I suspect most of us don't go very far into the decision-making process. After all, most of us are teaching a specific curriculum and time is a scarce resource. We have to choose.
We probably discuss why we have to make choices and perhaps we introduce a decision-making model. But unless we're really into behavioral economics or we're enamored by categorizing people into optimizers or satisficers, we probably don't go much further. That's okay. Nevertheless, here's a recent article from The New York Times that discusses something called decision fatigue.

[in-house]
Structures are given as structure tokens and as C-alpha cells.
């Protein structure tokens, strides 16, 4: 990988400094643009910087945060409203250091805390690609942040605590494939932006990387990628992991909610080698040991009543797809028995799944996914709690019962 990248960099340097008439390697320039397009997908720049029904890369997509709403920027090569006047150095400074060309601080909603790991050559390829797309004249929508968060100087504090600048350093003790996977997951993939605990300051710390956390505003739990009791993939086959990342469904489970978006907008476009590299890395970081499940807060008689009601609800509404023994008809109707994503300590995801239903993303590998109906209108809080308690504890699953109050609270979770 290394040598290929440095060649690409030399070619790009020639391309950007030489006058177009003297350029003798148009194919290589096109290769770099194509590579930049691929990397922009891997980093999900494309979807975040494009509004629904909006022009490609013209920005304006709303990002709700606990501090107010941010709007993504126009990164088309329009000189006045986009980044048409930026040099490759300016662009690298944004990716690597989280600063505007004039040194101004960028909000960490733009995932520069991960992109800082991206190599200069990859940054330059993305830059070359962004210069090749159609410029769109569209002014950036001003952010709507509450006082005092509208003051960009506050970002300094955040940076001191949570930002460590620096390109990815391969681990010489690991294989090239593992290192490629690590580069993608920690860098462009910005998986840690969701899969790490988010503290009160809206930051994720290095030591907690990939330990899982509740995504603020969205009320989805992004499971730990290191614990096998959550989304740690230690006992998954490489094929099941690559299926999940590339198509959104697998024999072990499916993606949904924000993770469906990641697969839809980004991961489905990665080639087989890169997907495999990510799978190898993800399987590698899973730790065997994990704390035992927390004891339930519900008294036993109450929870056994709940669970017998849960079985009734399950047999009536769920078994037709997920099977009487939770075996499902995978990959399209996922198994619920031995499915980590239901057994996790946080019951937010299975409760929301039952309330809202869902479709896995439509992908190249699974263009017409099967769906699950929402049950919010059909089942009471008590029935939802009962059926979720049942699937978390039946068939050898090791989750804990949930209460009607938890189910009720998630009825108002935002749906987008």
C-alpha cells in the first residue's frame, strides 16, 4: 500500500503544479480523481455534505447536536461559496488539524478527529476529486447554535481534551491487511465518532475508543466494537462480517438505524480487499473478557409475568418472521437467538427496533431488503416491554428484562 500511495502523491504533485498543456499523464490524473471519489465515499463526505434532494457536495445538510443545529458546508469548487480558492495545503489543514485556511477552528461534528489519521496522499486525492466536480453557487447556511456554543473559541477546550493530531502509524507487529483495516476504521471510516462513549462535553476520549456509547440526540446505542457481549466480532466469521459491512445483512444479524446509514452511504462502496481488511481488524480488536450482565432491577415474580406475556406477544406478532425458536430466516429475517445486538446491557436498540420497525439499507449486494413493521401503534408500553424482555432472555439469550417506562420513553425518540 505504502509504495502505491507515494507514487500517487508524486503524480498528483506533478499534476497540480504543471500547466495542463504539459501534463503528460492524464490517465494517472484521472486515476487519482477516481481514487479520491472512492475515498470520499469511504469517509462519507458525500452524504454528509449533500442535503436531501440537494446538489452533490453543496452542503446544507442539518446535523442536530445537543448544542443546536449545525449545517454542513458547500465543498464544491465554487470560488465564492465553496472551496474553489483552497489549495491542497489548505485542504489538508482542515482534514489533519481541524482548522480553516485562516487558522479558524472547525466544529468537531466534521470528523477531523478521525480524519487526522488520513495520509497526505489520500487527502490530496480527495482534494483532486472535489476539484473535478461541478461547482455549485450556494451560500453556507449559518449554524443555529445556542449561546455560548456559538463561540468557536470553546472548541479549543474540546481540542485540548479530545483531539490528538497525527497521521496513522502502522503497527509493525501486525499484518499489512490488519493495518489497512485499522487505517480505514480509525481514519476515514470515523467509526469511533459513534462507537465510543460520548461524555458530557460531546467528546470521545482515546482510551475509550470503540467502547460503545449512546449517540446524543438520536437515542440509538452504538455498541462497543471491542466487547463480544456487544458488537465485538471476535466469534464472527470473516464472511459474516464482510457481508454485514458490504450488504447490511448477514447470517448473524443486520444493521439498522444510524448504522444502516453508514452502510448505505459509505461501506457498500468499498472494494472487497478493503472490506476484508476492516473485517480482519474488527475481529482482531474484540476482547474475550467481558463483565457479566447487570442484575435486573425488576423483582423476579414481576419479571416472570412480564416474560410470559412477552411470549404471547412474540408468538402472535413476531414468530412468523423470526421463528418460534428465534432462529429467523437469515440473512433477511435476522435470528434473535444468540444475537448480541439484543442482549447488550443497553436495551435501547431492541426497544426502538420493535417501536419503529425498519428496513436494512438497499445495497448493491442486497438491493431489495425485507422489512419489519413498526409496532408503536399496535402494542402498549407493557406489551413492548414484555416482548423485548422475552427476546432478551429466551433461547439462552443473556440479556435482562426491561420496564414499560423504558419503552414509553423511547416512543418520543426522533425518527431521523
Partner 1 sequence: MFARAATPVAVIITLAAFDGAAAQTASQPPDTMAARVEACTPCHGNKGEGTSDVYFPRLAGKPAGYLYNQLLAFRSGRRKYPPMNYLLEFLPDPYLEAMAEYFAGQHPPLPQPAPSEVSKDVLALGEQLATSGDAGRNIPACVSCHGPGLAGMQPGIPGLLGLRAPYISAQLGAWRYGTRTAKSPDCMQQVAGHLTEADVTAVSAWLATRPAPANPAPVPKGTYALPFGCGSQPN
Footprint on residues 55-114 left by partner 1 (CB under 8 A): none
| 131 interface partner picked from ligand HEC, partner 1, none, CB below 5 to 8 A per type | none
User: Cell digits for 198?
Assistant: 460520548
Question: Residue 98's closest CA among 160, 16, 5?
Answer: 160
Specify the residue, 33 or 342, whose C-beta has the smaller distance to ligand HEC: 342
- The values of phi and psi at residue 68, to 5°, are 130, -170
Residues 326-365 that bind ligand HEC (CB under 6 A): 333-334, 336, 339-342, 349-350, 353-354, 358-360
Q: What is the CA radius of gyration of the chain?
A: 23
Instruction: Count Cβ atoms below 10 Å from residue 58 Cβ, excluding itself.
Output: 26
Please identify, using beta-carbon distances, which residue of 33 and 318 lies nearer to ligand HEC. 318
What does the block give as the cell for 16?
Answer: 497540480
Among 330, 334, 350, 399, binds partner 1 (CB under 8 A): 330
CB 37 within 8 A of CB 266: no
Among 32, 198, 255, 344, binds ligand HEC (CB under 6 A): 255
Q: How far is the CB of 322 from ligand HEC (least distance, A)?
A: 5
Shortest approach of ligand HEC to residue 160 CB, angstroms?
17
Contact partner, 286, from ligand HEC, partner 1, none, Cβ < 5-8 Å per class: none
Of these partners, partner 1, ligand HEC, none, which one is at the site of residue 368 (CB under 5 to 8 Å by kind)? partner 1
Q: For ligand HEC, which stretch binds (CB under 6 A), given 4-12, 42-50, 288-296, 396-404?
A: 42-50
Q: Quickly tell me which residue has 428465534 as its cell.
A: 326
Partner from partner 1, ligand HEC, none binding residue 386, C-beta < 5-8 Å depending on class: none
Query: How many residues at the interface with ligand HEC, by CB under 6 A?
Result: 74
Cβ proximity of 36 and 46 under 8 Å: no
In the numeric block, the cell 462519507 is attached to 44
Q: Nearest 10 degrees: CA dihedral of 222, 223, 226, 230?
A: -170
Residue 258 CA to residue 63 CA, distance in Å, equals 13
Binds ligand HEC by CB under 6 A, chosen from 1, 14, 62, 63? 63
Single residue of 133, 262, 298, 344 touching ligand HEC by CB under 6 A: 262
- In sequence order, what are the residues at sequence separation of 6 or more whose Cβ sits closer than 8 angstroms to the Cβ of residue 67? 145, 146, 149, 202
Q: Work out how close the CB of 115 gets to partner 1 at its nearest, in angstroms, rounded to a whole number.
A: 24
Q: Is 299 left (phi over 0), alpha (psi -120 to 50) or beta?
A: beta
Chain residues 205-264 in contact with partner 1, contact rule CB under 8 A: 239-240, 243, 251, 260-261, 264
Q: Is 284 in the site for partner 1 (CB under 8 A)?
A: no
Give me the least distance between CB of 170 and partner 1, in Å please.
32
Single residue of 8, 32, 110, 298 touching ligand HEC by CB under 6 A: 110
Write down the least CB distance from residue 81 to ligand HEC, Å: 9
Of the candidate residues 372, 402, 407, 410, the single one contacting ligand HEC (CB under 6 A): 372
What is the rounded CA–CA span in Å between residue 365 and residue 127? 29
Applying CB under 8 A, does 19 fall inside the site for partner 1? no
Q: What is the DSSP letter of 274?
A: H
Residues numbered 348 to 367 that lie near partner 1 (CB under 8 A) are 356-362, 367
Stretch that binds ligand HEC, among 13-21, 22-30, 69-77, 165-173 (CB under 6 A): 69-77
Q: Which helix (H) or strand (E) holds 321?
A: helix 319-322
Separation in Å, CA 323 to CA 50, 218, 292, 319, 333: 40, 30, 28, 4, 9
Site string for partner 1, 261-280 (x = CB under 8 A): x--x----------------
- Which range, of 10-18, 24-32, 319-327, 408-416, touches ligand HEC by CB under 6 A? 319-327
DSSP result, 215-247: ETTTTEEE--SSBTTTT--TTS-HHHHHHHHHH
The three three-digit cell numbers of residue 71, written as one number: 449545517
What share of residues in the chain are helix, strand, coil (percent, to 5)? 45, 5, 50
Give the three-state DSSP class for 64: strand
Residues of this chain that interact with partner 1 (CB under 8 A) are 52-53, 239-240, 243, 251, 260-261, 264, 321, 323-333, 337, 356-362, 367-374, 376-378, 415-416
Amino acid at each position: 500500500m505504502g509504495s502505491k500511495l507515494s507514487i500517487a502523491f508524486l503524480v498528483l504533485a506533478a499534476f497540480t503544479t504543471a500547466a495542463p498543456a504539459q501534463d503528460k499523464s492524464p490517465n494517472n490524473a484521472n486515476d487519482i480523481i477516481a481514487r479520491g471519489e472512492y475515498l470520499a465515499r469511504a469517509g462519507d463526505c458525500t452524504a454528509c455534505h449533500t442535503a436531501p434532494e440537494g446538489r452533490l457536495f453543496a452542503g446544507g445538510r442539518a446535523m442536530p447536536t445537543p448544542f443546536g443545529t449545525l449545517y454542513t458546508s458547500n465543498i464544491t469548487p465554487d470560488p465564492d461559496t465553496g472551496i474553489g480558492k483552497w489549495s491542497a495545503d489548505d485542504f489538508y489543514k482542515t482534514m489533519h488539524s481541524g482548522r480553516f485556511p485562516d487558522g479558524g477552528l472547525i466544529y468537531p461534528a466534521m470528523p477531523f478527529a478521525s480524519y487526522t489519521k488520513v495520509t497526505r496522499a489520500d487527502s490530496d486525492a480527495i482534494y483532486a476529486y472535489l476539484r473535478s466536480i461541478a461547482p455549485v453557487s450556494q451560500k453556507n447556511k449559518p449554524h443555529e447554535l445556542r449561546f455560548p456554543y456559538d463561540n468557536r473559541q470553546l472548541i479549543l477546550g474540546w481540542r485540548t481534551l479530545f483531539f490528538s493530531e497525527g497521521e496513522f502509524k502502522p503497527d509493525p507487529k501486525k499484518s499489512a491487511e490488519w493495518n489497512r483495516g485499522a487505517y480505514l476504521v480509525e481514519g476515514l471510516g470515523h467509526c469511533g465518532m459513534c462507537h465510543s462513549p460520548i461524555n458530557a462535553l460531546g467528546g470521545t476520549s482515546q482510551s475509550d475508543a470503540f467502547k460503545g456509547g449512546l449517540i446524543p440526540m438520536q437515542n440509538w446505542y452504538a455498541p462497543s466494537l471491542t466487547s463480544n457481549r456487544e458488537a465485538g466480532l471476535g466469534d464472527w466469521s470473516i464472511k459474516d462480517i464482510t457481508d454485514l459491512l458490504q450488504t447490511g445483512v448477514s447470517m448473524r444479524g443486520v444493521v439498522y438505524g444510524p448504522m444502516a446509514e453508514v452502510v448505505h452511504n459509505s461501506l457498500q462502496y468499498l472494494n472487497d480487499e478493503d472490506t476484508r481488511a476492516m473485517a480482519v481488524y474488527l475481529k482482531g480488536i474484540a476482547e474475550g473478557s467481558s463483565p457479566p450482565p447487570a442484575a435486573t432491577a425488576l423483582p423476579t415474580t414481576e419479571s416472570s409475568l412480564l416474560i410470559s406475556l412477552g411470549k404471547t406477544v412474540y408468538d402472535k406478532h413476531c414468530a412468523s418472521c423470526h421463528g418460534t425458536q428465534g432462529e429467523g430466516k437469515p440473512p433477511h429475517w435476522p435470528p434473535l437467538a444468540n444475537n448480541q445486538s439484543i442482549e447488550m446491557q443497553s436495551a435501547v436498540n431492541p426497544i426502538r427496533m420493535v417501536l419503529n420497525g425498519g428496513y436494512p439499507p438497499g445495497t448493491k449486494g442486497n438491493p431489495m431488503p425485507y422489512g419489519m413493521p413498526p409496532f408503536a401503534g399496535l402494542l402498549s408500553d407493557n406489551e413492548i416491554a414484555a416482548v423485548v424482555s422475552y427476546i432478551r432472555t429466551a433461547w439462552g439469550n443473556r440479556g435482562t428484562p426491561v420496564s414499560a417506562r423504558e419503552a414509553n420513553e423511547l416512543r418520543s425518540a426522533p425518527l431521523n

The research highlighted in the article looks at the types of decisions we make when we have to make a lot of decisions. The results may not be of much immediate use in our classroom. But students often ask why we don't always make rational decisions. I think the article goes well with this TED Talk on The Paradox of Choice with Barry Schwartz.
It may be something for an extra credit assignment. What do you think?